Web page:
Collusion developed BY Mozilla Rated 2 out of 5 stars

Unless I'm completely wrong (don't think I am), Collusion is developed BY Mozilla or one of it's employees. Does that make it bad? Not necessarily, but it should be made clear.
"Mozilla, the maker of Firefox, has unveiled a new add-on for the popular web browser that gives web users an instant view of which companies are 'watching' them as they browse."
"The Collusion add-on will allow users to 'pull back the curtain' on web advertising firms and other third parties that track people's online movements, says Mozilla CEO Gary Kovacs."

It may / may not do what's advertised - w/o further compromising privacy. Mozilla developing this addon & not disclosing that fact, is a little like an accounting firm doing its own audit. Until some qualified, unbiased testing labs verify what an addon like this actually does (& tests it on an ongoing basis), I'd be somewhat skeptical.

Get one thing straight - NO browser is in the complete privacy business. They ALL make HUGE sums through deals w/ companies [like] Google & others, which collect private data.
Can any of that data be personally identifiable? Much of it, no. But according to some researchers, some of it - yes.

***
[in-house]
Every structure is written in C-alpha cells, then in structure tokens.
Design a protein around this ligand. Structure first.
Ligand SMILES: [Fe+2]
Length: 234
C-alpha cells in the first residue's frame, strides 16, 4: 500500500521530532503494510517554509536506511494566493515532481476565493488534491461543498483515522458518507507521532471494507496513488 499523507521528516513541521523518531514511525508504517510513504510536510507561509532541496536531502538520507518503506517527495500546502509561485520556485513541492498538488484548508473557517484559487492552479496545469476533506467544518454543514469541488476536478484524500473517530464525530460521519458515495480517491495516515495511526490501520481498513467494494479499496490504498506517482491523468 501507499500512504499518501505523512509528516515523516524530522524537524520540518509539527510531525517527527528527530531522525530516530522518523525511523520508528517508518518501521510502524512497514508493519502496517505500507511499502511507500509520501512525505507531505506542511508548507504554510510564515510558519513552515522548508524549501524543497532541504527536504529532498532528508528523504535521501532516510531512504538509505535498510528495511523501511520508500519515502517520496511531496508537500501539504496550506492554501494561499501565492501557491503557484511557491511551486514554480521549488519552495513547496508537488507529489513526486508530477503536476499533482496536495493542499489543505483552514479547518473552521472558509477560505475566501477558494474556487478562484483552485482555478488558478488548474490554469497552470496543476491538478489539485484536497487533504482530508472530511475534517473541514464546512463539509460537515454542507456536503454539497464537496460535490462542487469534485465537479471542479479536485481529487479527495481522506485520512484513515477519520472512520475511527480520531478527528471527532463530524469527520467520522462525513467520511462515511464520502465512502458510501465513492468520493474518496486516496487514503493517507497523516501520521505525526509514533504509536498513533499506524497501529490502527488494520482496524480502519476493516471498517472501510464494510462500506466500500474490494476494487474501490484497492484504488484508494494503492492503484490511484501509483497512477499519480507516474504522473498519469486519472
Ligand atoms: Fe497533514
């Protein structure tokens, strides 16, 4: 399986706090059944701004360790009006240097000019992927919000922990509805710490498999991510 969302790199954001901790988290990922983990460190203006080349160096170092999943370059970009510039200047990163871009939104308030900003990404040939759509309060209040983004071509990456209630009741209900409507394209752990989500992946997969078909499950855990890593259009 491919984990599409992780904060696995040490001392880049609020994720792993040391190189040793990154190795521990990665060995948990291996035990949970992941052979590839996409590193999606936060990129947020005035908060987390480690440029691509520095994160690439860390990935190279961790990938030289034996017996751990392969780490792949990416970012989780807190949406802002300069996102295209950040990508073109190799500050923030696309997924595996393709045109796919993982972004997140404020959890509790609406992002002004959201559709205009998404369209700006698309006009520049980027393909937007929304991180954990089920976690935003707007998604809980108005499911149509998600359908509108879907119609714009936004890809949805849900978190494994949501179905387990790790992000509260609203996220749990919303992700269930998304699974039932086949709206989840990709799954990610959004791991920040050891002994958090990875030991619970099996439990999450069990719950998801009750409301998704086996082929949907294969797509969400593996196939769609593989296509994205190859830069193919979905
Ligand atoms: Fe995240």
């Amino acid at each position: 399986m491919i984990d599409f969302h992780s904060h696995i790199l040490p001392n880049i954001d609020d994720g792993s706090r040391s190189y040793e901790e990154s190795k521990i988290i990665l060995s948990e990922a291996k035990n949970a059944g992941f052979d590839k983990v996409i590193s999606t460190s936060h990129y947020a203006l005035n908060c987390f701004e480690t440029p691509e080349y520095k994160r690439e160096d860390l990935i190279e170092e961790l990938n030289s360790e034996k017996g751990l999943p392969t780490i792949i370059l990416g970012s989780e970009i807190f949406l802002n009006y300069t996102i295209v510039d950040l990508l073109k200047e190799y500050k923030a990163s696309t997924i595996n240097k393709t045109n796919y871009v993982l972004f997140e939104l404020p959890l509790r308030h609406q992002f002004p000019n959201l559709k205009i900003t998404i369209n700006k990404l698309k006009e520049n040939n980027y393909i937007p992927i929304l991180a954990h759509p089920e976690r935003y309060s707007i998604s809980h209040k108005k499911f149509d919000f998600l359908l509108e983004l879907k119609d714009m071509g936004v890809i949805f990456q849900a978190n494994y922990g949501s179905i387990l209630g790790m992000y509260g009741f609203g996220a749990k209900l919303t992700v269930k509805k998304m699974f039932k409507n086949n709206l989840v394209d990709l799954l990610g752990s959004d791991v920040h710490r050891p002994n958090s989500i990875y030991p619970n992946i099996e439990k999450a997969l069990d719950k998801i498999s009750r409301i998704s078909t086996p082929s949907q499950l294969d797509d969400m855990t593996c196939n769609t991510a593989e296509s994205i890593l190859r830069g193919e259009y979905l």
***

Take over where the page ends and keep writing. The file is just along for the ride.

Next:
Plus, do you REALLY trust any company LIKE Google to do ONLY what they say they will in a privacy policy, that is so vague, security experts don't understand it. Mozilla makes millions from deals w/ Google gathering user data through searches & also the "Safe Browsing" feature, then develops an addon to let us watch it. Huh??

How 'bout for starters, disabling cookies / 3rd party cookies by default in Firefox? I've had ALL cookies disabled for years & other blocking addons & simply allow a specific site to set 1st party cookies when I need it.

Has Google or other data mining / advertising co's ever been caught doing anything shady or illegal? Uh...YEAH. Many times.
Re: Google's new "combined" privacy policy & several countries' reactions.
"Vivian Reding, the European Commissioner for Justice, Fundamental Rights and Citizenship said, 'Any company which wants to utilise the European market of 500 million citizens - which we've made borderless, a golden opportunity - then the European rules apply.'

'Citizens should have the possibility of buying into more extensive use of their data - but that should be their freedom to choose, not done by a sneaking way of taking the freedom away from the citizens,' said Reding in an interview with The Guardian.

European Union authorities said that the new privacy policy appears to violate European law,in an email to Google CEO Larry Page."

This review is for a previous version of the add-on (